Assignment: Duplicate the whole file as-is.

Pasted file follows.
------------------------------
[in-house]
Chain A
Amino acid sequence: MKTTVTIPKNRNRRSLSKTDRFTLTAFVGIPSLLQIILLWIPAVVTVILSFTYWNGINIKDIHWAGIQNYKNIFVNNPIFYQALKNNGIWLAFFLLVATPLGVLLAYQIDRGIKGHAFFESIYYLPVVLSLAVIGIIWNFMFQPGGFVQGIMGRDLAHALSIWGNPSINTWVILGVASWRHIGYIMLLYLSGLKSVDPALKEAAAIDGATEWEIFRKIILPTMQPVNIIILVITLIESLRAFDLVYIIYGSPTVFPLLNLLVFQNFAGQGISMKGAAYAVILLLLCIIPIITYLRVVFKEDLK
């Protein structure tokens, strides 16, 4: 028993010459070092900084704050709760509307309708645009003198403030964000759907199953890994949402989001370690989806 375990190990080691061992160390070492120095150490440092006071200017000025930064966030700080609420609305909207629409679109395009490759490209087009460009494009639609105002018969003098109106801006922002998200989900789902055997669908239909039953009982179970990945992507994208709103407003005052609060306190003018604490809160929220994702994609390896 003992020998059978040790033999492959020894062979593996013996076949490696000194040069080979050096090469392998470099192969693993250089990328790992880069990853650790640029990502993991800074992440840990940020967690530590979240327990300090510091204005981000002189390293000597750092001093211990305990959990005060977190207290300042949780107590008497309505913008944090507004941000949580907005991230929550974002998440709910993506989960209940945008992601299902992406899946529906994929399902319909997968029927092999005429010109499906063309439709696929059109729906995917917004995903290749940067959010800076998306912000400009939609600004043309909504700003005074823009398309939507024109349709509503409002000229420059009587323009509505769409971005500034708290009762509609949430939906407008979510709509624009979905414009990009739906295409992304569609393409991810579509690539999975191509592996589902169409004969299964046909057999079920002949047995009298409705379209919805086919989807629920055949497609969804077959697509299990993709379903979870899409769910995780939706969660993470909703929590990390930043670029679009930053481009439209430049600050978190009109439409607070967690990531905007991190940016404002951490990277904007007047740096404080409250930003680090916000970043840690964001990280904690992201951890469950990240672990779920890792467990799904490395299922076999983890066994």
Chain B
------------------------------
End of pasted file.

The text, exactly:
[in-house]
Chain A
Amino acid sequence: MKTTVTIPKNRNRRSLSKTDRFTLTAFVGIPSLLQIILLWIPAVVTVILSFTYWNGINIKDIHWAGIQNYKNIFVNNPIFYQALKNNGIWLAFFLLVATPLGVLLAYQIDRGIKGHAFFESIYYLPVVLSLAVIGIIWNFMFQPGGFVQGIMGRDLAHALSIWGNPSINTWVILGVASWRHIGYIMLLYLSGLKSVDPALKEAAAIDGATEWEIFRKIILPTMQPVNIIILVITLIESLRAFDLVYIIYGSPTVFPLLNLLVFQNFAGQGISMKGAAYAVILLLLCIIPIITYLRVVFKEDLK
């Protein structure tokens, strides 16, 4: 028993010459070092900084704050709760509307309708645009003198403030964000759907199953890994949402989001370690989806 375990190990080691061992160390070492120095150490440092006071200017000025930064966030700080609420609305909207629409679109395009490759490209087009460009494009639609105002018969003098109106801006922002998200989900789902055997669908239909039953009982179970990945992507994208709103407003005052609060306190003018604490809160929220994702994609390896 003992020998059978040790033999492959020894062979593996013996076949490696000194040069080979050096090469392998470099192969693993250089990328790992880069990853650790640029990502993991800074992440840990940020967690530590979240327990300090510091204005981000002189390293000597750092001093211990305990959990005060977190207290300042949780107590008497309505913008944090507004941000949580907005991230929550974002998440709910993506989960209940945008992601299902992406899946529906994929399902319909997968029927092999005429010109499906063309439709696929059109729906995917917004995903290749940067959010800076998306912000400009939609600004043309909504700003005074823009398309939507024109349709509503409002000229420059009587323009509505769409971005500034708290009762509609949430939906407008979510709509624009979905414009990009739906295409992304569609393409991810579509690539999975191509592996589902169409004969299964046909057999079920002949047995009298409705379209919805086919989807629920055949497609969804077959697509299990993709379903979870899409769910995780939706969660993470909703929590990390930043670029679009930053481009439209430049600050978190009109439409607070967690990531905007991190940016404002951490990277904007007047740096404080409250930003680090916000970043840690964001990280904690992201951890469950990240672990779920890792467990799904490395299922076999983890066994």
Chain B